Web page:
Democratic U.S. Senator Sherrod Brown meets with Lake Erie Advocates
Ohio’s U.S. senators helped halt proposed funding cuts by the Trump administration, to the $300 million dollar Great Lakes Restoration Initiative earlier this month through drumming up the support of lake users
Monday Democratic Senator Sherrod Brown met with Lake Erie advocates and learned about the connection between drinking water quality and harmful algae blooms that the initiative tries to prevent.
Summer rains send phosphorus from farmland into Lake Erie, nurturing huge fields of algae that deplete the water’s oxygen and boost its iron and manganese levels. Clevelanders will likely see the result the following year, when they turn on their faucets, said Dave Spangler, vice president of the Lake Erie Charter Boat Association.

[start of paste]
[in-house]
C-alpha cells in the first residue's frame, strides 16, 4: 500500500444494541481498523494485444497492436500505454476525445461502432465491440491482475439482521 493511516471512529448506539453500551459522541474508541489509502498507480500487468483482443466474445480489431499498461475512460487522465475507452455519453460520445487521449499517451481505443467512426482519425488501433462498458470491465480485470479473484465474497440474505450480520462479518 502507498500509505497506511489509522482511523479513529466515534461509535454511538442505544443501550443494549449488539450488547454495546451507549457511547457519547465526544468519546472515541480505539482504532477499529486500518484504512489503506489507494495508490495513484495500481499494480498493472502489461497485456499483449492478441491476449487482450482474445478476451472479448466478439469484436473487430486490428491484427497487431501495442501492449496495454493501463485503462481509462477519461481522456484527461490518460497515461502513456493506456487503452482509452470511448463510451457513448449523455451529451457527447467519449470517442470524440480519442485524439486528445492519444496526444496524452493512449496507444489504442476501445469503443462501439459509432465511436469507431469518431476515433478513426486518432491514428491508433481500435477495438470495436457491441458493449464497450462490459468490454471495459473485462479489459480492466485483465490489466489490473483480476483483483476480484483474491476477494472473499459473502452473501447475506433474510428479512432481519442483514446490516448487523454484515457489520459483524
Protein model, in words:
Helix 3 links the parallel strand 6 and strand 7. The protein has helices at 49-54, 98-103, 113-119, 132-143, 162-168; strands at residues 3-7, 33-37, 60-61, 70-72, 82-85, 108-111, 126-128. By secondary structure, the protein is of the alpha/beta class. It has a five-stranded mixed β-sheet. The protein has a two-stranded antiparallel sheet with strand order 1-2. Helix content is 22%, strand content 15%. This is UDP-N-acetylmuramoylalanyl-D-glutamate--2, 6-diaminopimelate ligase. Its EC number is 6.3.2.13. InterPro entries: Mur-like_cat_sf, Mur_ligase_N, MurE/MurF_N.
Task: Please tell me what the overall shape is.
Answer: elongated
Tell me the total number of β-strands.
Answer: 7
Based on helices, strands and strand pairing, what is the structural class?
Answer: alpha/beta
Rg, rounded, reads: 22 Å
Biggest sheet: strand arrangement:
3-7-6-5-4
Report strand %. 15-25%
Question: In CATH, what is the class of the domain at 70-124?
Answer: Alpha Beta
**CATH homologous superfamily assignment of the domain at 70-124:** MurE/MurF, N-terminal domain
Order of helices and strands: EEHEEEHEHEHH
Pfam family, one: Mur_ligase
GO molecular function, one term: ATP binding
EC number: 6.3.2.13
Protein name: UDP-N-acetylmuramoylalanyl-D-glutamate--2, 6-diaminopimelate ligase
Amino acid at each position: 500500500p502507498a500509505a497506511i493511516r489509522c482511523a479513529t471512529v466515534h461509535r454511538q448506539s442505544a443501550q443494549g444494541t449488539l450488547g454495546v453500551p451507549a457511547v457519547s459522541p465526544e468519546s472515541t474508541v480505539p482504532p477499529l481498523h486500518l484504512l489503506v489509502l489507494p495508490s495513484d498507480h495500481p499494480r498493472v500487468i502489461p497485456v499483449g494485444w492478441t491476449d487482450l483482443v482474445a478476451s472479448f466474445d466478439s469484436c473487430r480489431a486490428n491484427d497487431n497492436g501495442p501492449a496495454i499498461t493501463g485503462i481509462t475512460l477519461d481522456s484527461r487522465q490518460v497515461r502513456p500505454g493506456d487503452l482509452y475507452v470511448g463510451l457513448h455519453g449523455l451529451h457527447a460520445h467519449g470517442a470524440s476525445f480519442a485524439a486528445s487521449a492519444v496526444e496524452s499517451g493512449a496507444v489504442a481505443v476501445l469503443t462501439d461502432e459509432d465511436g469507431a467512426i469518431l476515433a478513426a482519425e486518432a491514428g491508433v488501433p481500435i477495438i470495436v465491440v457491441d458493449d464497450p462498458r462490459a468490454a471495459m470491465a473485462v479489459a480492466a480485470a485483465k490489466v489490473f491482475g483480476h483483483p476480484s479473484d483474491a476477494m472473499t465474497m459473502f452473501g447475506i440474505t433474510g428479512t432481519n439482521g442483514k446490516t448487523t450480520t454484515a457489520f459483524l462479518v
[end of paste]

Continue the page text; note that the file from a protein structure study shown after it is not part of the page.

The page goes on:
“Those two chemicals will tint the water and give you a different taste that you can actually taste in the water. When people who get their water see this, or smell it or taste it, they’re going to be yelling at the water treatment guys and saying, ‘Hey, there’s something wrong with the water.’ “
Speaking at the roundtable organized by Brown, Spangler said GLRI money pays for the monitors alerting the water treatment facility to the change in quality.
Brown said the information would hlep him advocate for the GLRI in upcoming funding cycles.
“As a resident of Cleveland, I’m not sure I understood how the algae blooms in Toledo and the shallowness of the lake there affects aquatic life, as far east as Cleveland and certainly Lake and Ashtabula counties. The information they’re gathering about what the GLRI has meant to northern Ohio will be essential in winning this,” Brown said.
The charter boat association says Ohio sport fishing is a $1.3 billion industry.